Anycast was described in detail in a previous lesson. If you haven’t seen it or you want a refresher it can be found here.

While Anycast can be described as “one-to-nearest communication”, Anycast-RP can be described as “one-to-nearest RP communication”.

  • Benefits of Anycast-RP include:
    Fault Tolerance - When the path to an RP fails, the IGP/BGP will remove that route and replace it with the next nearest RP.
  • Load Sharing and Availability – With proper planning, different hosts can have different nearest RPs. The goal is to have multiple routers assume the RP role simultaneously. RPs also have the ability to connect to multiple sources.

How it Works

The same IP address is configured on the loopback interface of multiple RP routers. This address is advertised from each router via IGP/BGP. Although multiple devices use and advertise the same address, the path to the source(s) and receiver(s) will always be routed from the receiver to the nearest RP because the unicast routing table will only list the optimal path. All unicast rules apply. For example, the longest prefix to a destination is preferred.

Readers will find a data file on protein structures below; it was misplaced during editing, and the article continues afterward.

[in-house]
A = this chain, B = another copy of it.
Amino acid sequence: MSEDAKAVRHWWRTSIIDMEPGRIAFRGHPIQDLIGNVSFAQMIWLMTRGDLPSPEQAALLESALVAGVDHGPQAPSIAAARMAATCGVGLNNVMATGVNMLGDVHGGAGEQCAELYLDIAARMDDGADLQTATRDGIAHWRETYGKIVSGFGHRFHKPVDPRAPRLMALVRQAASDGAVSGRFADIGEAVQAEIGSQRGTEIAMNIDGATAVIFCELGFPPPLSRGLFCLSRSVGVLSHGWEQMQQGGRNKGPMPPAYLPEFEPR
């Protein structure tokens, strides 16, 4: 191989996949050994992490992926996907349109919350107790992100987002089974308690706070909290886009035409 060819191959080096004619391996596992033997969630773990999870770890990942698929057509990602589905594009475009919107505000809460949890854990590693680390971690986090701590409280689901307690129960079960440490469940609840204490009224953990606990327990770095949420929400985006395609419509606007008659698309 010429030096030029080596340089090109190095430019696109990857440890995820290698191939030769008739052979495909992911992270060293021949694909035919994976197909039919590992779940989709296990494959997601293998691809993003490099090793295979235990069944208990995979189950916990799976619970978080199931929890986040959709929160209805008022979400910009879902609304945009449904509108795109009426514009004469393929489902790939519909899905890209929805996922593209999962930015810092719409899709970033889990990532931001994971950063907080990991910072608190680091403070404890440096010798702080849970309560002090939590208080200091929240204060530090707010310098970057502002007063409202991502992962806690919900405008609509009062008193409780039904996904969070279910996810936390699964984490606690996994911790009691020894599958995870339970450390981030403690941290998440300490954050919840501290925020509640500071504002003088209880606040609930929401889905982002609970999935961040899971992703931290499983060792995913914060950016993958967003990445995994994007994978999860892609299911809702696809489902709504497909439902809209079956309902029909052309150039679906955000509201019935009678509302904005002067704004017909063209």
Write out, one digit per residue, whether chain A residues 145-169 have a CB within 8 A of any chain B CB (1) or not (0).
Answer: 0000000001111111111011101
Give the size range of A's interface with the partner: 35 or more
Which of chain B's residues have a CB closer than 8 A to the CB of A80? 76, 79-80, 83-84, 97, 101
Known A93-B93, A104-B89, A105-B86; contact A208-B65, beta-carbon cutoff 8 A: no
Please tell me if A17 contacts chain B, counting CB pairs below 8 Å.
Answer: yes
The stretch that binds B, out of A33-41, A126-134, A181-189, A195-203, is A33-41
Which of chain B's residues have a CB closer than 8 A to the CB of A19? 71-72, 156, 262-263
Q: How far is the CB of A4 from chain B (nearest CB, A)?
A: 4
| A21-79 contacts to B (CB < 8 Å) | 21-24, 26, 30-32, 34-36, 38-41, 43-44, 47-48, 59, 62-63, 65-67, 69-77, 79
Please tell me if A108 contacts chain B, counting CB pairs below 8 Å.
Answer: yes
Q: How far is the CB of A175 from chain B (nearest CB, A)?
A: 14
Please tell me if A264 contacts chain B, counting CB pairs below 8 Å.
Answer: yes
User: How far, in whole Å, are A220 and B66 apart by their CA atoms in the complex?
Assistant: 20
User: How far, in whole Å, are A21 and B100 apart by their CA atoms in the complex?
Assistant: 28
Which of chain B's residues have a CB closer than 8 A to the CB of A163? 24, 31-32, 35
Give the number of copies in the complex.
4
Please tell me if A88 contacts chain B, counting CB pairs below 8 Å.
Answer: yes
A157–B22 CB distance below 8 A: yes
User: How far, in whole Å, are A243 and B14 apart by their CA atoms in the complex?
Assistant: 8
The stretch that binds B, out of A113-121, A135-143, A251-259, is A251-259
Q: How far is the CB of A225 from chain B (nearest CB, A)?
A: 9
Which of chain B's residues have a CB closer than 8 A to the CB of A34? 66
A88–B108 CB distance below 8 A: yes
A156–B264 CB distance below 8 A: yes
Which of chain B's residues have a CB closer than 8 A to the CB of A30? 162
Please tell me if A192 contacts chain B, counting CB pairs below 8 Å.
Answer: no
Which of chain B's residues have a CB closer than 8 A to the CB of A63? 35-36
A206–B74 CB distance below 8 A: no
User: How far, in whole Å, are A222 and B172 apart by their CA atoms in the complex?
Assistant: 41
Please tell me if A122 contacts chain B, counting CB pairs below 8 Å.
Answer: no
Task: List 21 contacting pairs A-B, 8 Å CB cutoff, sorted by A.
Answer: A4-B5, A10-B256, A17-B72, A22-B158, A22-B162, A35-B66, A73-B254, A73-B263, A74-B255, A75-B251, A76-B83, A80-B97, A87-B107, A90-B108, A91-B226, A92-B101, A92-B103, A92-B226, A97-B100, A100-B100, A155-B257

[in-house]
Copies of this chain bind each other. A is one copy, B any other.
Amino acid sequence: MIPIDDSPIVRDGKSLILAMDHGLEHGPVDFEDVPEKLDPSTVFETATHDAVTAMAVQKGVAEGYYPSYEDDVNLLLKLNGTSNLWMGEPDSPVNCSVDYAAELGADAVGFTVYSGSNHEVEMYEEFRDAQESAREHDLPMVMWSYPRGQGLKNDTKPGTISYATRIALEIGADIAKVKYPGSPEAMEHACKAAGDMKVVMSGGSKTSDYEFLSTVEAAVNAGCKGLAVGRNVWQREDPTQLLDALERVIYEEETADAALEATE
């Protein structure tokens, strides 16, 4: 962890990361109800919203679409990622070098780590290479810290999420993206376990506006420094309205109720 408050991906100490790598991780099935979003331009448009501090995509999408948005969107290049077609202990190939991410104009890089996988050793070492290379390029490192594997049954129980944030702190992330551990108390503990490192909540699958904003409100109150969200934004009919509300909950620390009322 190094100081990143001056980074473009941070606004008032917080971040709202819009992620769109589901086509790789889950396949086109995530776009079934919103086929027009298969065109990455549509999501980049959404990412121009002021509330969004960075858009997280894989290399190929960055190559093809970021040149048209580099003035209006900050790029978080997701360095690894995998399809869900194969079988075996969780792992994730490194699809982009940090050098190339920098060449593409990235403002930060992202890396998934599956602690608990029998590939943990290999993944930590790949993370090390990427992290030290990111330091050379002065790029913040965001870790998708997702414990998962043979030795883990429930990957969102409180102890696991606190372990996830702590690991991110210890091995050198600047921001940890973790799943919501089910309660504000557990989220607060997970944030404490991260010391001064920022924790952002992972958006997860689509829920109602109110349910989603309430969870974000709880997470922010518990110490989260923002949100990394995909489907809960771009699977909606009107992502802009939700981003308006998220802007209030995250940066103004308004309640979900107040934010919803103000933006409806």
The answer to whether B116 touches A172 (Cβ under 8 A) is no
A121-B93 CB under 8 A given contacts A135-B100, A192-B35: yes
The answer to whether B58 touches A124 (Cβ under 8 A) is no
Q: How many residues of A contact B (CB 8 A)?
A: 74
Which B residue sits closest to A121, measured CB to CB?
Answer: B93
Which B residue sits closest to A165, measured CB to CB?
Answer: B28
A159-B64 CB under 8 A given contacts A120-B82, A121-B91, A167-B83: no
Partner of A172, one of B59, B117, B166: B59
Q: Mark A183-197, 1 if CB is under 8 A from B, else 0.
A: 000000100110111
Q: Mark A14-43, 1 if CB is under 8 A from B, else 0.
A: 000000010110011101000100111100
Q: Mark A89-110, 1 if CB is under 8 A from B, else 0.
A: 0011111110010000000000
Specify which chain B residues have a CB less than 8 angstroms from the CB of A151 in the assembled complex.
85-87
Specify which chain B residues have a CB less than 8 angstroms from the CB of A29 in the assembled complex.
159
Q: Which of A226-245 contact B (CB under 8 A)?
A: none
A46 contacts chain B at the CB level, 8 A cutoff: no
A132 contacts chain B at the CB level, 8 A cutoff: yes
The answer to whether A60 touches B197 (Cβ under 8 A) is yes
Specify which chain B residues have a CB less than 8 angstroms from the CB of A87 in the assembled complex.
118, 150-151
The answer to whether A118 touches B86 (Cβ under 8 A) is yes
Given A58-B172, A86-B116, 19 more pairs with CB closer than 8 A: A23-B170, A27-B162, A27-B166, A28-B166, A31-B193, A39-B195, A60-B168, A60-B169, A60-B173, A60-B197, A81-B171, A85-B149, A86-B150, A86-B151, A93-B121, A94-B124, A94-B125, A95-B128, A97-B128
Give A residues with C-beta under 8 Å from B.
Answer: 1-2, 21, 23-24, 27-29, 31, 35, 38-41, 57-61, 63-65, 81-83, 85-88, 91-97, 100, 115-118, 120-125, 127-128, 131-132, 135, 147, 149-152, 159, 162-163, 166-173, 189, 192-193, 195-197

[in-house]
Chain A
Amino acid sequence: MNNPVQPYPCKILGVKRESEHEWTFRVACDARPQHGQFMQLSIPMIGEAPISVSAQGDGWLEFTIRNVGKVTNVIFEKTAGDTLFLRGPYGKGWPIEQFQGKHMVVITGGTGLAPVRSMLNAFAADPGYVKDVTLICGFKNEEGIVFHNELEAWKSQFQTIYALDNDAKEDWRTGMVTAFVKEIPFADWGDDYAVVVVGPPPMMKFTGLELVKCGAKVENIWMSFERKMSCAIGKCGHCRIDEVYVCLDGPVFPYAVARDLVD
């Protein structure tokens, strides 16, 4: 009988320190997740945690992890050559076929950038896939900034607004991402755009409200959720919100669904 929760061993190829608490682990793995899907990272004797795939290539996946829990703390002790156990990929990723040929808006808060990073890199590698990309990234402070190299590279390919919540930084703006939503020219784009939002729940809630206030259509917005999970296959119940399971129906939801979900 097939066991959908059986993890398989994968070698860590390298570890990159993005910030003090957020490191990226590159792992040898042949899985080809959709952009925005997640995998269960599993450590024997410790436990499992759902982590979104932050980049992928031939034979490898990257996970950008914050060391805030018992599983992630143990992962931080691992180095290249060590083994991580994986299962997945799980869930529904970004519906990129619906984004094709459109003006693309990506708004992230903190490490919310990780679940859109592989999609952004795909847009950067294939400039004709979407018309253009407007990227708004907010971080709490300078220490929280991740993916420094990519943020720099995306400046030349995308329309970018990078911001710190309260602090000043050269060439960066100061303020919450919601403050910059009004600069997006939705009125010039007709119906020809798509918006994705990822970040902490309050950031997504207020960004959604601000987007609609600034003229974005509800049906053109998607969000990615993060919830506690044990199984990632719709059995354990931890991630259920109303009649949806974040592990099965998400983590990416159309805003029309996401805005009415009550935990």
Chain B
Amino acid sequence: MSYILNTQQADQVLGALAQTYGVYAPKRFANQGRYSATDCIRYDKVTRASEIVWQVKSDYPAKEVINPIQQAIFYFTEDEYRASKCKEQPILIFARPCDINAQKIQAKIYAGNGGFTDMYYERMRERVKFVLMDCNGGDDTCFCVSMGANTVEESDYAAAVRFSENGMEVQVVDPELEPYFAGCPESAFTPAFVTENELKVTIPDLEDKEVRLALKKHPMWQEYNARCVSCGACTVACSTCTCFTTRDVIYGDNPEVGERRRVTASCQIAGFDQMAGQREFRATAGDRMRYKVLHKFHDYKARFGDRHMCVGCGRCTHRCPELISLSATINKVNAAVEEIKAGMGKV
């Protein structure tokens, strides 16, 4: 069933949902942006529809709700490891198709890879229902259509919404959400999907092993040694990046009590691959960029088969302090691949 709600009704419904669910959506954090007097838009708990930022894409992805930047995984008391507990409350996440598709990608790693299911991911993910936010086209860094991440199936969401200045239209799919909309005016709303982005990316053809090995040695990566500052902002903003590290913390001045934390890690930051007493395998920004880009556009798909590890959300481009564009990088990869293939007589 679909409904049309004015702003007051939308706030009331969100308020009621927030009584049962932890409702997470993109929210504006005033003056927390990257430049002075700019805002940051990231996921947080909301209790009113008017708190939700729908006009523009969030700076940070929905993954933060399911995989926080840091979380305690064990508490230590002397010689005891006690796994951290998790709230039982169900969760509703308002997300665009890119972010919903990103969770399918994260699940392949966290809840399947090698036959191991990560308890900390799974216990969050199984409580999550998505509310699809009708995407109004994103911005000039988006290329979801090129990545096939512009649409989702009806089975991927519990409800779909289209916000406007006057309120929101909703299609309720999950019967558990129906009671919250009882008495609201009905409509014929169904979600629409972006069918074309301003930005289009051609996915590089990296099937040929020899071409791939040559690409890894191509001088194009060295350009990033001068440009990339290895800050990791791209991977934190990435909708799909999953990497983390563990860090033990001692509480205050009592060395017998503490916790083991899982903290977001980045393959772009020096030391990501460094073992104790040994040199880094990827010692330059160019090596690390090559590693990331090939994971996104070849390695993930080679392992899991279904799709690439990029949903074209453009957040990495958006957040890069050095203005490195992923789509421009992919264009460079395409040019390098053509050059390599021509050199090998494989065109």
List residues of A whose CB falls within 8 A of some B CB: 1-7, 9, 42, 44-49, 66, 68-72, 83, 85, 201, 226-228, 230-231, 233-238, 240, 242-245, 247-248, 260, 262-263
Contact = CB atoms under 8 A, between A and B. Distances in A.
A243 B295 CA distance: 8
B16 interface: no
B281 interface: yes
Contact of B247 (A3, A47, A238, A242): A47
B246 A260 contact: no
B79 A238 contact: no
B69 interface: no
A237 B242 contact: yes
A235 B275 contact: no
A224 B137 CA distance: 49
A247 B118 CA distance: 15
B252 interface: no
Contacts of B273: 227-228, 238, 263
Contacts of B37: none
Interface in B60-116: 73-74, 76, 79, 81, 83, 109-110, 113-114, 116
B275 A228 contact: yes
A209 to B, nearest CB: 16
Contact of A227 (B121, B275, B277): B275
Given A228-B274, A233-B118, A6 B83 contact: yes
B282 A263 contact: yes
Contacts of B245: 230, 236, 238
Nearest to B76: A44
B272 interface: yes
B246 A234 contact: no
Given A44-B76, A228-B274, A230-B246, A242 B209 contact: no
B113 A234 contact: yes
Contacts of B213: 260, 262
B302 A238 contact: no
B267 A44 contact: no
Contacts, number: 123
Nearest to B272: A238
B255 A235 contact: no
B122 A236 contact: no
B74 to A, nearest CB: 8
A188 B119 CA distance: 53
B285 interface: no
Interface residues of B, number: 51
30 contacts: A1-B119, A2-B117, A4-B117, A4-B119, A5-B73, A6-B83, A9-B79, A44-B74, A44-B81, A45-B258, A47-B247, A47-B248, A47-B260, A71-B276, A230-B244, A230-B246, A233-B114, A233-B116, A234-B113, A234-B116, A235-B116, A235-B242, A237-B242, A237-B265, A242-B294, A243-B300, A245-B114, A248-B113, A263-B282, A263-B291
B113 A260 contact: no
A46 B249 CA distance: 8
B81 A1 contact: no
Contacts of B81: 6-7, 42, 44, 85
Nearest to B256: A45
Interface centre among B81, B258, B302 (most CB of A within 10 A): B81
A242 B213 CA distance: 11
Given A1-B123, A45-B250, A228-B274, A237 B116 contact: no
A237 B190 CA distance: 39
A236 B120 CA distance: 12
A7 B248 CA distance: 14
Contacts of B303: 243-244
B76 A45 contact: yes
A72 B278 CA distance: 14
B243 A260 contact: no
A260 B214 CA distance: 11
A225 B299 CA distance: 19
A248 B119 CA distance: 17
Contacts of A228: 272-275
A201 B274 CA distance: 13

Anycast-RP uses PIM Registers to communicate. In IPv6, here are no other protocols needed (i.e. IPv4's MSDP).

Note that the diagrams below are a logical topology (not a physical topology).

First, RP2 will build a Shortest Path Tree to the Sender A:

Anycast-RP (Rendezvous Point)
Anycast-RP (Rendezvous Point)

  • Anycast-RPs in the same multicast group are configured as PIM Anycast-RP Neighbors so they can synchronize with each other. RP1 and RP2 become PIM Anycast-RP Neighbors.
  • The Sender will build a Source Tree with its nearest RP by using the PIM (S,G) Register message. Sender A registers with RP1.
  • This RP will then send a dataless PIM Register message to its PIM Anycast-RP Neighbor(s) to notify them it has an active Sender. RP2 learns the address of Sender A.
  • The PIM Anycast-RP Neighbor(s) reply to the PIM Register message with a PIM Register Stop message to confirm that is has learned the address of the active Sender. RP2 sends a PIM Register Stop message to RP1 and builds a Shortest Path Tree to the Sender A.

Second, when a sender registers with RP2 the same process will occur in the other direction:

Anycast-RP Redundancy
Anycast-RP Redundancy

  • Sender B registers with RP2.
  • RP1 learns the address of Sender B.
  • RP1 builds a Shortest Path Tree to the Sender B.

Lastly, if an RP goes down there is failover:

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